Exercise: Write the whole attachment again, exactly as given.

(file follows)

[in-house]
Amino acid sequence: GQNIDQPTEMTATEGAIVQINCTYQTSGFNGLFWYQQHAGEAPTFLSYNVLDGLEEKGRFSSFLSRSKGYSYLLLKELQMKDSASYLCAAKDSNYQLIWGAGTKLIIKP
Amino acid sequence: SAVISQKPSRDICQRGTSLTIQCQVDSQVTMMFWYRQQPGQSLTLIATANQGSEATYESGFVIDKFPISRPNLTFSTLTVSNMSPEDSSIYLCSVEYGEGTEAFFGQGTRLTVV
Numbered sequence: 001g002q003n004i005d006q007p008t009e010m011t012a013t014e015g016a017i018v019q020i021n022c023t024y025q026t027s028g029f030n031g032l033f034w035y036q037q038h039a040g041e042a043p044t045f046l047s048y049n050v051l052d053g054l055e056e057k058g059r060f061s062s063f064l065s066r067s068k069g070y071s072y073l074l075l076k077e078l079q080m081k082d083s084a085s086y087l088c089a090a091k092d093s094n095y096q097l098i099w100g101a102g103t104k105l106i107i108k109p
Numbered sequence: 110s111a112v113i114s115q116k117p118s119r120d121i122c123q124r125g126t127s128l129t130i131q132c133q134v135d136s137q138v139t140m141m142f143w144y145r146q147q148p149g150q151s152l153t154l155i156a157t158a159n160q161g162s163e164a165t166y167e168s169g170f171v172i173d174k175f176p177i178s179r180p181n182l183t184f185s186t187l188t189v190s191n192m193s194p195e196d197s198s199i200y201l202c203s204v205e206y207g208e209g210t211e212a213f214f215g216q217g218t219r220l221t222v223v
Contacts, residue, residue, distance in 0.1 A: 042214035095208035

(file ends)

[in-house]
Amino acid sequence: GQNIDQPTEMTATEGAIVQINCTYQTSGFNGLFWYQQHAGEAPTFLSYNVLDGLEEKGRFSSFLSRSKGYSYLLLKELQMKDSASYLCAAKDSNYQLIWGAGTKLIIKP
Amino acid sequence: SAVISQKPSRDICQRGTSLTIQCQVDSQVTMMFWYRQQPGQSLTLIATANQGSEATYESGFVIDKFPISRPNLTFSTLTVSNMSPEDSSIYLCSVEYGEGTEAFFGQGTRLTVV
Numbered sequence: 001g002q003n004i005d006q007p008t009e010m011t012a013t014e015g016a017i018v019q020i021n022c023t024y025q026t027s028g029f030n031g032l033f034w035y036q037q038h039a040g041e042a043p044t045f046l047s048y049n050v051l052d053g054l055e056e057k058g059r060f061s062s063f064l065s066r067s068k069g070y071s072y073l074l075l076k077e078l079q080m081k082d083s084a085s086y087l088c089a090a091k092d093s094n095y096q097l098i099w100g101a102g103t104k105l106i107i108k109p
Numbered sequence: 110s111a112v113i114s115q116k117p118s119r120d121i122c123q124r125g126t127s128l129t130i131q132c133q134v135d136s137q138v139t140m141m142f143w144y145r146q147q148p149g150q151s152l153t154l155i156a157t158a159n160q161g162s163e164a165t166y167e168s169g170f171v172i173d174k175f176p177i178s179r180p181n182l183t184f185s186t187l188t189v190s191n192m193s194p195e196d197s198s199i200y201l202c203s204v205e206y207g208e209g210t211e212a213f214f215g216q217g218t219r220l221t222v223v
Contacts, residue, residue, distance in 0.1 A: 042214035095208035